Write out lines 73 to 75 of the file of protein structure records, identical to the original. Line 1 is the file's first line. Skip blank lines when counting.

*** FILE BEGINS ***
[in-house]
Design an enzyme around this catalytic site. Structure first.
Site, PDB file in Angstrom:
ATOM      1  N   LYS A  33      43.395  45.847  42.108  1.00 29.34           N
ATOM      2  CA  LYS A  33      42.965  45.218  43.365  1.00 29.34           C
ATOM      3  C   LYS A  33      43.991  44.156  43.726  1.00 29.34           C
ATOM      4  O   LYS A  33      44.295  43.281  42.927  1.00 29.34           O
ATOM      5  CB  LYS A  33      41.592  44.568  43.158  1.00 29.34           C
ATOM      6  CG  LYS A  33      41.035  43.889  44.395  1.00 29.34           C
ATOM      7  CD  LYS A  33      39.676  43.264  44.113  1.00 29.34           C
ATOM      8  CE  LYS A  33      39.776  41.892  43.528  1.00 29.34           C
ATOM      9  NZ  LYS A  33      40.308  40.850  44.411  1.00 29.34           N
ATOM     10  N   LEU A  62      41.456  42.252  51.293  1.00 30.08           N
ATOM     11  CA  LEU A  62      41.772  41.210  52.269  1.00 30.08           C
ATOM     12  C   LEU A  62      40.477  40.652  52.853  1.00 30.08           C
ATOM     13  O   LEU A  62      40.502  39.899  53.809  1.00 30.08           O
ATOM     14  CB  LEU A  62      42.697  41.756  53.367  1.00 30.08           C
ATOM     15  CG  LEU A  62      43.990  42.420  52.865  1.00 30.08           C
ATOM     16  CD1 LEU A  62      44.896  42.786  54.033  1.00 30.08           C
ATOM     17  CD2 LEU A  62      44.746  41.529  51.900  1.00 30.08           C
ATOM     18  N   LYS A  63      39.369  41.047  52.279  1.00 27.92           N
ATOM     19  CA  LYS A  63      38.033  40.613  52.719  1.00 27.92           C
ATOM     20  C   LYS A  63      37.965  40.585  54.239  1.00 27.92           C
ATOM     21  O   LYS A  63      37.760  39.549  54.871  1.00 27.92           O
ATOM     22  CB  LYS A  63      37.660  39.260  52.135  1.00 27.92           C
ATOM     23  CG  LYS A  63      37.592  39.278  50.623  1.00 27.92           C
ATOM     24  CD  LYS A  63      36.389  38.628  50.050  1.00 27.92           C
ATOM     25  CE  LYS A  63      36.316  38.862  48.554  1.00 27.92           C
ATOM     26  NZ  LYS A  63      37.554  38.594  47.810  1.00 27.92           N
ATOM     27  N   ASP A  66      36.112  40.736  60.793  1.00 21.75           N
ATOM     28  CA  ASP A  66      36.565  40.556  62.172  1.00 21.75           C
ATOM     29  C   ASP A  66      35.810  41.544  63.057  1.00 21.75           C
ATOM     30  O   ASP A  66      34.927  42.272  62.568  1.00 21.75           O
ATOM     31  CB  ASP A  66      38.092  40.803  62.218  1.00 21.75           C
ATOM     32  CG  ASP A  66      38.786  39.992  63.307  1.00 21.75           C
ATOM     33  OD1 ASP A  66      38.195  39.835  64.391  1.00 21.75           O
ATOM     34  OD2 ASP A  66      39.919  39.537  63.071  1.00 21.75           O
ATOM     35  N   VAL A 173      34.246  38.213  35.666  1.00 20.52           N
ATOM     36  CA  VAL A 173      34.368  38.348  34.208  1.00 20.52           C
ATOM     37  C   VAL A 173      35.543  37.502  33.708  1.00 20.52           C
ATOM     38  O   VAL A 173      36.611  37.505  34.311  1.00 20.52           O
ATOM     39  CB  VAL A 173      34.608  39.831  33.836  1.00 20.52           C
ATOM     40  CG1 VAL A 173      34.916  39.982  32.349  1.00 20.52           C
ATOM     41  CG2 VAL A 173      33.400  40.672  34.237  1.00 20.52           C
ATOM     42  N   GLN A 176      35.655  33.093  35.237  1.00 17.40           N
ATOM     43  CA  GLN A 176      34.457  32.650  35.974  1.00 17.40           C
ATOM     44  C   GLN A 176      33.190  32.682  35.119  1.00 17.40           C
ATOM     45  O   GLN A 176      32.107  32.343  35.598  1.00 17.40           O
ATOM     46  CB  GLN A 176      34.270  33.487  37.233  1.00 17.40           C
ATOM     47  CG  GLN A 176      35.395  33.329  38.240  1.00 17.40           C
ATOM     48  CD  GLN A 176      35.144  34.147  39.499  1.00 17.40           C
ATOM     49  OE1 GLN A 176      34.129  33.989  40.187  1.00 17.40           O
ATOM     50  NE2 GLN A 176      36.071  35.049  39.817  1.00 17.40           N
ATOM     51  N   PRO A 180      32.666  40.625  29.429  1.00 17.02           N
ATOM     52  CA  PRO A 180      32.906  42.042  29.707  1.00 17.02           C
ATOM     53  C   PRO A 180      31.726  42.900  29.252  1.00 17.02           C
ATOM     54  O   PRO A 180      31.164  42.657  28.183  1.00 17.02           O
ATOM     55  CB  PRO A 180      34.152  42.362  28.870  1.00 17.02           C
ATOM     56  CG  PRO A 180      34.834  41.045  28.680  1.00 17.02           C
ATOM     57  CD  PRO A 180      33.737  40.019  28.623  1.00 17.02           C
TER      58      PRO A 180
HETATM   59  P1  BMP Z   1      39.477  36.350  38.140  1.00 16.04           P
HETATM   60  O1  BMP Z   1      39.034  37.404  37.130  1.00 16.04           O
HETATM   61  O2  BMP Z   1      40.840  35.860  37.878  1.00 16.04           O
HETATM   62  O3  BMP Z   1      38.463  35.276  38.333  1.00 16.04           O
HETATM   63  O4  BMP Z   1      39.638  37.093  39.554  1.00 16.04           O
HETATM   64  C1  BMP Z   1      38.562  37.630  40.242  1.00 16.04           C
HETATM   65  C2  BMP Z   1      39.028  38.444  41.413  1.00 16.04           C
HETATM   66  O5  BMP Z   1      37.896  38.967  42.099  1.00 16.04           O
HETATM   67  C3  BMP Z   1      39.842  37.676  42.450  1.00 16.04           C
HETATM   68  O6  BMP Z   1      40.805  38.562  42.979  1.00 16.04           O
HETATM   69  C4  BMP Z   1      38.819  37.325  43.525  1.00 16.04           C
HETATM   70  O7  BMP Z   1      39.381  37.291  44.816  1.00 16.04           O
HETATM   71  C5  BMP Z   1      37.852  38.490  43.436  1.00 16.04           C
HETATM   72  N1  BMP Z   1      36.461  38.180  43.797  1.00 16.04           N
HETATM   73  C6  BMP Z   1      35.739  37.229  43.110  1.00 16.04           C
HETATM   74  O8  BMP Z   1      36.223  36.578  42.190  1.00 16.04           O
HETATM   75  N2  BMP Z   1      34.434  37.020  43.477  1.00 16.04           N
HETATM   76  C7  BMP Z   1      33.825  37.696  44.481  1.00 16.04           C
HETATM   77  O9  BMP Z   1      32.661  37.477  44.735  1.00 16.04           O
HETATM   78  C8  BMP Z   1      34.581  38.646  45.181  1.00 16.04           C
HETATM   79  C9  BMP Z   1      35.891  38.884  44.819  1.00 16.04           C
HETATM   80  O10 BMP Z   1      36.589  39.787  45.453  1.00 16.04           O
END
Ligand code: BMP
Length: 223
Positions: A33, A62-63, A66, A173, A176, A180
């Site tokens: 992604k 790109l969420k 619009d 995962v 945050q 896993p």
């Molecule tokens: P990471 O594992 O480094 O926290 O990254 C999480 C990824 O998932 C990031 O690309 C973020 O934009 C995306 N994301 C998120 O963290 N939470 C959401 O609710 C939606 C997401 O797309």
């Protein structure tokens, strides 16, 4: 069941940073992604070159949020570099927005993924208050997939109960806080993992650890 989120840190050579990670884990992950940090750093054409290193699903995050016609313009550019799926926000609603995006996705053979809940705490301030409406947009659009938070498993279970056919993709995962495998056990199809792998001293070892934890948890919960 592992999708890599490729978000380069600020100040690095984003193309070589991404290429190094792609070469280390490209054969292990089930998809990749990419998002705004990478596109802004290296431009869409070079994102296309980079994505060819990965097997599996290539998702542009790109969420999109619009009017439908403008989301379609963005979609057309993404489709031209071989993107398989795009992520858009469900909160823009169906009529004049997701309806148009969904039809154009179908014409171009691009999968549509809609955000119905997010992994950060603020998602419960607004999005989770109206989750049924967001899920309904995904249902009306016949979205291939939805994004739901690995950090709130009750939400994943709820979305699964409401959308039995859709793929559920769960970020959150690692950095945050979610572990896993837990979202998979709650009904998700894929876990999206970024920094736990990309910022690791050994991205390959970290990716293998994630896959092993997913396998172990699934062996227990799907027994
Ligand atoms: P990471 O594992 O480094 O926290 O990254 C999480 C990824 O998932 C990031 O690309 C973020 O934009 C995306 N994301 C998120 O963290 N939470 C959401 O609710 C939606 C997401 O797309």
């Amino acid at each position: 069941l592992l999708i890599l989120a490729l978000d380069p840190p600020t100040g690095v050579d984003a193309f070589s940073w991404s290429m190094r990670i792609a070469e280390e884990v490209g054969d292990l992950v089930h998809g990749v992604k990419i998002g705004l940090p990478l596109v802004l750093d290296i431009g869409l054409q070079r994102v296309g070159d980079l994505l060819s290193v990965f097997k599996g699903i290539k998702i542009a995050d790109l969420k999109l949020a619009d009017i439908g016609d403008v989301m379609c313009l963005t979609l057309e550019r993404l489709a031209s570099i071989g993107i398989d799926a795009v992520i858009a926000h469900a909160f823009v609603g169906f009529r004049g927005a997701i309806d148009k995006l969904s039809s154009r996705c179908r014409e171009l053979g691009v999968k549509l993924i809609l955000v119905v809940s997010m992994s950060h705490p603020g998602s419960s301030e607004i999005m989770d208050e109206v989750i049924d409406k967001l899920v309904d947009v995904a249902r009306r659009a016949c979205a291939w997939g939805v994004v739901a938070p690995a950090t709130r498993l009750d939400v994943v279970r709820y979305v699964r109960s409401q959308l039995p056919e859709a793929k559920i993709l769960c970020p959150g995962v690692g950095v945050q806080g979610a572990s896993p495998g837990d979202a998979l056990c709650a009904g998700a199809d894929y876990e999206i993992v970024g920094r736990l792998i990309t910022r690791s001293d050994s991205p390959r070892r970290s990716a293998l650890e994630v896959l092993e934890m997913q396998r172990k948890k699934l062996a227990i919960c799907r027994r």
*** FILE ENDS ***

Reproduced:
HETATM   70  O7  BMP Z   1      39.381  37.291  44.816  1.00 16.04           O
HETATM   71  C5  BMP Z   1      37.852  38.490  43.436  1.00 16.04           C
HETATM   72  N1  BMP Z   1      36.461  38.180  43.797  1.00 16.04           N